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Back to School!

The views expressed are those of the author and do not necessarily reflect the views of ASPA as an organization.

By Robert Brescia
August 7, 2021

Yes, we are going back to school—this is welcome news! It doesn’t really feel like we left, though. Just after classes ended for the 2020-21 regular academic year, I proctored a month of summer school. Mostly that was done in the classroom, but the instruction was generally “pull” not “push”—the students used an approved online content program complete with quizzes and tests. If they finished those exercises, they could “recover” a failed grade or even be able to get credit for a class they hadn’t taken yet. My hope this year is that everyone “goes back to school.” In other words, it is a given that teachers and administrators will certainly be there—physically. My fervent hope is that most every student will come back to school as well.

The Nature of Learning

Learning is done in a social manner. I have studied the various theories on this point and together with experience have arrived at the solid conclusion that learning is best achieved in the classroom—in a social setting. Why? Because we learn from each other and, well, that is quite difficult to do when one is detached from others and separated from the classroom. This is true across all disciplines and especially in math and science, where a fellow student’s learning discovery can have a monumental impact on another student being able to understand or clarify a construct or concept.

Example #1: When I was very young, I took a self-paced, at-home course in electronics. At the time, we called such courses “matchbook” type programs because their advertisements usually appeared on the inside of a matchbook or the centerfold of a comic book. They were, however, respectable commercial ventures. There two well-known ones: the Cleveland Institute of Electronics, whose motto was, “A School of thousands. A class of one,” or the National Radio Institute, which was bought by McGraw-Hill and phased out in 2002. Both were referred to as “correspondence courses”—you mailed in your tests and other materials. The idea was that you would learn the basics of electronics and simultaneously build a glorious 25 inch color TV (console model with a huge cathode ray tube!). I applied myself vigorously and still remember some things about electronics to this day. But it sure would have been easier, more powerful and quicker if I was in a classroom with other students. Every time I got stumped on something, I had to write a letter to my instructor and wait for a snail-mail response.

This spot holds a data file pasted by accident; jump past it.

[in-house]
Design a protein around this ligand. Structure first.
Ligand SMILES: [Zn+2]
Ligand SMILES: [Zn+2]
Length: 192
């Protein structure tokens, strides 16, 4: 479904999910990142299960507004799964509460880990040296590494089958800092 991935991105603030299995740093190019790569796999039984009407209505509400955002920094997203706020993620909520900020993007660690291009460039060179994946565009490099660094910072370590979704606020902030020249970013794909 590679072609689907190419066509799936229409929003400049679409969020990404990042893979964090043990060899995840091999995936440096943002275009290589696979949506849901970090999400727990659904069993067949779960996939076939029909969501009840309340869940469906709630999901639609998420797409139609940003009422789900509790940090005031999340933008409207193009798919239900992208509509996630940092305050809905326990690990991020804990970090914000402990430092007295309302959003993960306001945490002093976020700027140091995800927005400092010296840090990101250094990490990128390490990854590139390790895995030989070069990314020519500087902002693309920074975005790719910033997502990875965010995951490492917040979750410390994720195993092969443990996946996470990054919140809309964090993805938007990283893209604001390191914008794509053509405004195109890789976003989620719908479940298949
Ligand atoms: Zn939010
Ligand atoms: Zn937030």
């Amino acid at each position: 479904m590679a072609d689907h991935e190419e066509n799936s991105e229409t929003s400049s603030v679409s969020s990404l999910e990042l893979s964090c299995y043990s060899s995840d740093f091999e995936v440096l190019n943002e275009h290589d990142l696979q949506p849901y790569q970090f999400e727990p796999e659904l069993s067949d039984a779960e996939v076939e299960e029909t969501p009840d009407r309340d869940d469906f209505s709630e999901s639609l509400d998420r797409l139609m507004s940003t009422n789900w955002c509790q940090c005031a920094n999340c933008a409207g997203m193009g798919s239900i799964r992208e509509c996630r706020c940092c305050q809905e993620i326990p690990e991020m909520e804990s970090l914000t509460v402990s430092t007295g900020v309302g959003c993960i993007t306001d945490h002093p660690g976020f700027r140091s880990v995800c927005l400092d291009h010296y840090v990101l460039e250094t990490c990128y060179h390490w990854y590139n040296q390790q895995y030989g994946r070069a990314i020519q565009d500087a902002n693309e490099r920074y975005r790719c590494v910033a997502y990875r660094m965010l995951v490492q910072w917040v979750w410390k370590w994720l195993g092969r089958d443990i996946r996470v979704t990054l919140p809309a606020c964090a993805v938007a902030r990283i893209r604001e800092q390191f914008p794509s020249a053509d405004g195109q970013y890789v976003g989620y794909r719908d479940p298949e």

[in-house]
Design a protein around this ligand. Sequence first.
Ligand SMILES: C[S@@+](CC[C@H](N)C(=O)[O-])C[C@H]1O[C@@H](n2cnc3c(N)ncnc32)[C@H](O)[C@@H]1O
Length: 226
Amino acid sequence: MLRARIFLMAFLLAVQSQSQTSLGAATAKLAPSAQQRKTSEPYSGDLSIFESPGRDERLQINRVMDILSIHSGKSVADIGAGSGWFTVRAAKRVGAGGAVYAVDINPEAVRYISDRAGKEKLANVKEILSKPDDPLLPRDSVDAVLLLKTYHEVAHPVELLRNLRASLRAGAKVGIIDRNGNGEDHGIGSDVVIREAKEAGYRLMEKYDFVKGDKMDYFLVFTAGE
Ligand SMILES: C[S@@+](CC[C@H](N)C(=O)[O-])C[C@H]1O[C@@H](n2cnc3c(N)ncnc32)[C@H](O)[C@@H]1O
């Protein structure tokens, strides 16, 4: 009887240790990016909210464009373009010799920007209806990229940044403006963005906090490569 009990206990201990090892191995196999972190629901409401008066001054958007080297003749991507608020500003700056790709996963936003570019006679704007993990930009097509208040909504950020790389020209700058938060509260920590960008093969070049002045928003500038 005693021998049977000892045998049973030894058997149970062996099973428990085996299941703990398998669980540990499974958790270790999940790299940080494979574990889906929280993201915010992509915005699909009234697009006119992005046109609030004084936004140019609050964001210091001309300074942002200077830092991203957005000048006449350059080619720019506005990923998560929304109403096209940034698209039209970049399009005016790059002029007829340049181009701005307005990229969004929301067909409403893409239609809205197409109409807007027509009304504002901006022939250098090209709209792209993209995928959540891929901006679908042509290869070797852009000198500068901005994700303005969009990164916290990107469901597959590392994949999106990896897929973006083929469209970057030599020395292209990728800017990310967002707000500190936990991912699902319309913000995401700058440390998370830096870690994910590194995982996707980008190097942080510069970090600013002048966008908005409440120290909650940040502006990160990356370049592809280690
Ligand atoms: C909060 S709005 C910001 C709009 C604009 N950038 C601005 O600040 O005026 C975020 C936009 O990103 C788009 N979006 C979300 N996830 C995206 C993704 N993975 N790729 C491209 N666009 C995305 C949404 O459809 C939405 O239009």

Example #2: When I was an adult, I decided it would be fun to teach myself calculus. Yes, I’m a nerd if that is what you were thinking. I went out and bought a book on self-learning calculus and made a little progress in it before abandoning this noble endeavor.

Example #3: Later in my adult life, I got the notion that it would be valuable and fun to get a doctoral degree. One day, coming back to the states from one of my many trips to Europe on business, I read an advertisement (not in a matchbook) for The George Washington University’s Executive Leadership Doctoral Program. To make a long story short, my GW program was cohort-style; we met one weekend a month Friday, Saturday and Sunday at the university campus and for ten days in the summer. We had general exams, wrote a ton of papers, embarked on dissertation writing and completed a host of other requirements. This was a very rigorous program from a flagship university—the bar was set extremely high. One of the most important conclusions I made from the program was that my learning was best and most impactful when we were together as doctoral students—having conversations and breakthroughs about our learning.

The Nature of Teaching

My teaching style can be described as a spark or tinder approach—and I am not alone in this method. I provide a spark to light the fire of curiosity and I help by serving as a tour guide along the road to places that we have either not been to yet or have been to, but because of the learning involved are really seeing it for the first time. I might say something outlandish to get the conversation going. I might ask for opinions and then ask for the basis of the same. I might highlight a current event, thrash it around for a bit, then carefully place it in an historical context. None of these techniques can be achieved with the same intensity using distance learning.

It is no secret that I love my state of Texas. We believe in liberty with a healthy dose of personal responsibility and accountability. These values carry over to our education system here. While some other areas of the country continue to look for ways to separate students from on-ground learning in the classroom, we here in Texas have been “back to school” now for over a year. Signs are looking promising for even more contact learning this upcoming school year. By the time you read this, I will be inside a classroom at Permian High School, teaching AP Government and Politics to students in that same classroom—yay!


Author: Dr. Robert Brescia respects the wisdom of generations, promotes the love of learning, teaches ethics to university students, government & politics to AP seniors, and leadership to organizations. The Governor of Texas recently appointed him to the State Board for Educator Certification (SBEC). Bob has a doctoral degree with distinction in Executive Leadership from The George Washington University. Contact him at [email protected].

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The American Society for Public Administration is the largest and most prominent professional association for public administration. It is dedicated to advancing the art, science, teaching and practice of public and non-profit administration.

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